We call it the cap and tax bill and it has, so far, only passed the House. It is a complete and unmitigated legislative disaster from a legislative point of view with 300 pages of changes and not even a copy of the bell in the chamber during debate. The bottom line appears to be that we wanted a great big tax increase Worse than the tax Increase would be the massive amount of federal bureaucracy. For example, the bill calls for regulating the carbon footprint of individual homes. Under this legislation. you could not add a wing to your home unless it could be proven to reduce your carbon footprint. The bill is too much like a local building ordinance in its degree of regulation. This is a tremendous amount of intrusive federal regulation. If one believes the global warming claims, and I do not, a better answer to reducing carbon emissions would be to double the energy produced by nuclear facilities, which would offset all the carbon emissions of U.S. automobile use. An increase in nuclear power from 20 percent of power generation to 40 percent would meet this goal.

You are new member of the Sons of the American Revolution. What can we do to promote, educate and “grow” our organization so that we may be more successful?

You have opportunities to grow the SAR membership unlike anything we have seen in the past. The Tea Parties can be seen as a citizen uprising worried about the future and the freedom of our country. The people whom the SAR honors set an example for us and tell us that we need to critically examine government institution into the economy and the liberties of the people. All SAR members can say that their forefathers stood up for their country and perhaps now is the time for all Americans to do the same.

The SAR supports many youth programs, which seek to help make young Americans more public service oriented. As a public servant, do you have any suggestions for these young people regarding opportunities and training for their adult lives?

I don’t recall that anyone in my family ever ran for political office. I had no particular aspiration to do so I was growing up. Your tastes, interests and passions change as you get older. Train yourself to do well in whatever field you choose. As you do that, you will learn from the experience and that learning will become part of your tool hit. For example, my background in engineering is very helpful in problem-solving. And you need to accept your share of responsibility in the community. Those who are conscious of what their forefathers did have a heightened sense of this responsibility to community. I have six children and I taught them that there awesome things in life that are more valuable than life itself. Our founders believed that. The SAR and the DAR understand these principles, and they must continue to defend them.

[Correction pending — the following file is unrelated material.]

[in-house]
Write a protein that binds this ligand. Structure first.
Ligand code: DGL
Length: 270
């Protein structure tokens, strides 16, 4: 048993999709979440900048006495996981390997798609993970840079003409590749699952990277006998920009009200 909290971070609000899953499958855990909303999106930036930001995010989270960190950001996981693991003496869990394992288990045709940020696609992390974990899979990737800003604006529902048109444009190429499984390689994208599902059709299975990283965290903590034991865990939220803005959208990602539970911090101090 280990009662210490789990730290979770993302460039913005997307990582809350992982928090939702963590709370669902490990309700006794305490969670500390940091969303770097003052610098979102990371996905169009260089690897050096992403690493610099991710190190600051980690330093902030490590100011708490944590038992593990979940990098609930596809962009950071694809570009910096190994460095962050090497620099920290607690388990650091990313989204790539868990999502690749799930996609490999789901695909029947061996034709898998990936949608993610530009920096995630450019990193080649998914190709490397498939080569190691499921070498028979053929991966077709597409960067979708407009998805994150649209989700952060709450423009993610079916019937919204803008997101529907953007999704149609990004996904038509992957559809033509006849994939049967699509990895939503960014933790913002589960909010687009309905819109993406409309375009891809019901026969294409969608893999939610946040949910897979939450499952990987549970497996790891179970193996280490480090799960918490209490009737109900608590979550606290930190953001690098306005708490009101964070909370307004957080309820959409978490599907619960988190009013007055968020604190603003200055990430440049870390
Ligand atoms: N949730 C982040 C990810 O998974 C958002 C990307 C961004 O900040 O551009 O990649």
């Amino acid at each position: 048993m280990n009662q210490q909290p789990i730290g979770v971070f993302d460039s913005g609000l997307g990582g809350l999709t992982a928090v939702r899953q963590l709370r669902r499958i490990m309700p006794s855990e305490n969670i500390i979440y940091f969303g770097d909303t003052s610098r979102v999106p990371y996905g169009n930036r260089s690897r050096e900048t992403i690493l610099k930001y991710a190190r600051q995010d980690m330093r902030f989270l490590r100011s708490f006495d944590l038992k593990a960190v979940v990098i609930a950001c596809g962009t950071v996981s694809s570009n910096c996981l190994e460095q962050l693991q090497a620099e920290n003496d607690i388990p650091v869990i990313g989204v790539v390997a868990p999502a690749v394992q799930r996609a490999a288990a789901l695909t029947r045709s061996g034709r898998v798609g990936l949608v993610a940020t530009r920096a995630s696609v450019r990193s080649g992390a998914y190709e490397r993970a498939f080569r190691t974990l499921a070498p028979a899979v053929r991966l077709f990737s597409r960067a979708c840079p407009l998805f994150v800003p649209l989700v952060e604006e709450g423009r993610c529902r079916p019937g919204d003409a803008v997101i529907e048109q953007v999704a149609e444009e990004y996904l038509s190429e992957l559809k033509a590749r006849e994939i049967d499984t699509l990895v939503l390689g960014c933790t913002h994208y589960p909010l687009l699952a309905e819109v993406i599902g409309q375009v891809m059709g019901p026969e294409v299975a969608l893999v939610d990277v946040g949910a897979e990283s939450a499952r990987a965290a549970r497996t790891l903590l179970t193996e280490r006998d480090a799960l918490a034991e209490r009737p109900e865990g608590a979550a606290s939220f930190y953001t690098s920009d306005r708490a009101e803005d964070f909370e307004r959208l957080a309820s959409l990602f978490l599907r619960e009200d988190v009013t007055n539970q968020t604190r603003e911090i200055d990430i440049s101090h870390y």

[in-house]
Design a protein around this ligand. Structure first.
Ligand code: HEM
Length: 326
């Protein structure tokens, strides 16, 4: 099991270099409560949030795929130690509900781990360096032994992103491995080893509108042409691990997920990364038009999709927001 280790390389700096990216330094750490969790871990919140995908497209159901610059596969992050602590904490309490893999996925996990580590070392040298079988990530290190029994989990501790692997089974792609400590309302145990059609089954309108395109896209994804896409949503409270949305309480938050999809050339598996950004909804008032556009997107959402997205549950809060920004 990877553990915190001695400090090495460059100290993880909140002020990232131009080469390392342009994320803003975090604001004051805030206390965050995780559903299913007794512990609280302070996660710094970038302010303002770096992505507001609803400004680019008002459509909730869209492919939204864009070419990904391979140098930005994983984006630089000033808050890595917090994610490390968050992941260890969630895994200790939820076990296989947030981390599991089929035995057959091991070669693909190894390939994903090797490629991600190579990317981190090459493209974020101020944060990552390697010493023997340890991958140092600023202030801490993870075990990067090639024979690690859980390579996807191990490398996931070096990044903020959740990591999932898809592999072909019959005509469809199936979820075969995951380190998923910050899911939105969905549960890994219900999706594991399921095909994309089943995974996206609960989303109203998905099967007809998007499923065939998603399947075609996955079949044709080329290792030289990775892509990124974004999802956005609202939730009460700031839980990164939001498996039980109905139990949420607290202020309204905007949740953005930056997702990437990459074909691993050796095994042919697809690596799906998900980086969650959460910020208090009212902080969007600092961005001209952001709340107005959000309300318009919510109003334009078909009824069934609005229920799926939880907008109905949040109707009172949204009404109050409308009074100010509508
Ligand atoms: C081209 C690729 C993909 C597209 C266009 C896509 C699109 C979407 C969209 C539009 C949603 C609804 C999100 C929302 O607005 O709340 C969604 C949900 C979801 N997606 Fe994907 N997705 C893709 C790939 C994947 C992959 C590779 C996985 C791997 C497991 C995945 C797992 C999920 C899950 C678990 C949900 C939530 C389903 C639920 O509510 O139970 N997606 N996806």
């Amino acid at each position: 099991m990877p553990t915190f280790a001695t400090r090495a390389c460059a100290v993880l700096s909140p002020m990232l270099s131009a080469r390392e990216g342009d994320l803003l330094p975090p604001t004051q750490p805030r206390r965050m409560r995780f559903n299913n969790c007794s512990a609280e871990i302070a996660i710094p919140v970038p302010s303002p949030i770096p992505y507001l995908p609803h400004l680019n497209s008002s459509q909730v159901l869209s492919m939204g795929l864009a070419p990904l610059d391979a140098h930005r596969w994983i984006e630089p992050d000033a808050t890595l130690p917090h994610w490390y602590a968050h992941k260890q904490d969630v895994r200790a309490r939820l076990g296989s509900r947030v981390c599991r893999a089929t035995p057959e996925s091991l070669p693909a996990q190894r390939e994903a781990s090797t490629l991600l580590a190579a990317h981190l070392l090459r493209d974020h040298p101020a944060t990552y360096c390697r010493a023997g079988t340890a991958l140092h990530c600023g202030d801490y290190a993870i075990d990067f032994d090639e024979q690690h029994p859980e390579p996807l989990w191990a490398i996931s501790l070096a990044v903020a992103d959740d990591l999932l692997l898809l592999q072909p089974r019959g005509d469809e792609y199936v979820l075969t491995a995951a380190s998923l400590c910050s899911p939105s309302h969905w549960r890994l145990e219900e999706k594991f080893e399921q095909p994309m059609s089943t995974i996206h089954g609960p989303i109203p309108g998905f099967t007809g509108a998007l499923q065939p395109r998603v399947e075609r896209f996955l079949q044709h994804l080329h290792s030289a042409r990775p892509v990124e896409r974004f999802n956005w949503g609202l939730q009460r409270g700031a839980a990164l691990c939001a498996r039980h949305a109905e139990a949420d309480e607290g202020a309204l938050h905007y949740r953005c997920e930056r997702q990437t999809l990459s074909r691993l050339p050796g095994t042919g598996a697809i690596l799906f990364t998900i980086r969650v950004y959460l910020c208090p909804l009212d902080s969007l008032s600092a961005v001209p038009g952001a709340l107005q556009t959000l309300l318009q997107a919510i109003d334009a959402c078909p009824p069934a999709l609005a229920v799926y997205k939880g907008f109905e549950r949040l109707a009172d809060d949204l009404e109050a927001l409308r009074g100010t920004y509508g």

Are members of your family in the SAR, DAR or CAR?

My family is connected to the Revolution through many Americans of that period. My wife, however, is of Norwegian descent and, therefore, not eligible for the DAR but my sons and daughter have taken a lively interest in that period of history and one son actually won an SAR contest with the unlikely topic of what the American Revolution wasn’t, a revolution like that of France or later, the Russian revolution. The French and Russian revolutions were determined to destroy the society and rebuild it along different lines. The American War of Independence sought to sustain and protect the institution of civil government but assure that it was a government of the people at least as voting population was understood at that time. In a real sense, the British king and Parliament ended the relationship with their brothers in America by refusing to recognize the right of Americans to the same rights as their British counterparts.

Do you feel that small businesses have been inadequately helped, perhaps because they are not “too big to fail?”

Small business, as usually defined, represents about 79 percent of all jobs in America. It is immensely important and high levels of unemployment represent unemployment in small business. We have done everything in our power in the last nine months to mess up small business. What we need to do is let small business keep more of their own money, which they will reinvest in their businesses. When that happens, it creates jobs and makes the economy grow. Targeted tax cuts have a very beneficial get on employment and ]FK, Reagan and Bush understood this. Taxing small business even more for socialized medicine will hurt the economy even more. A lot needs to be done for mall business; it is the engine of freedom in this country.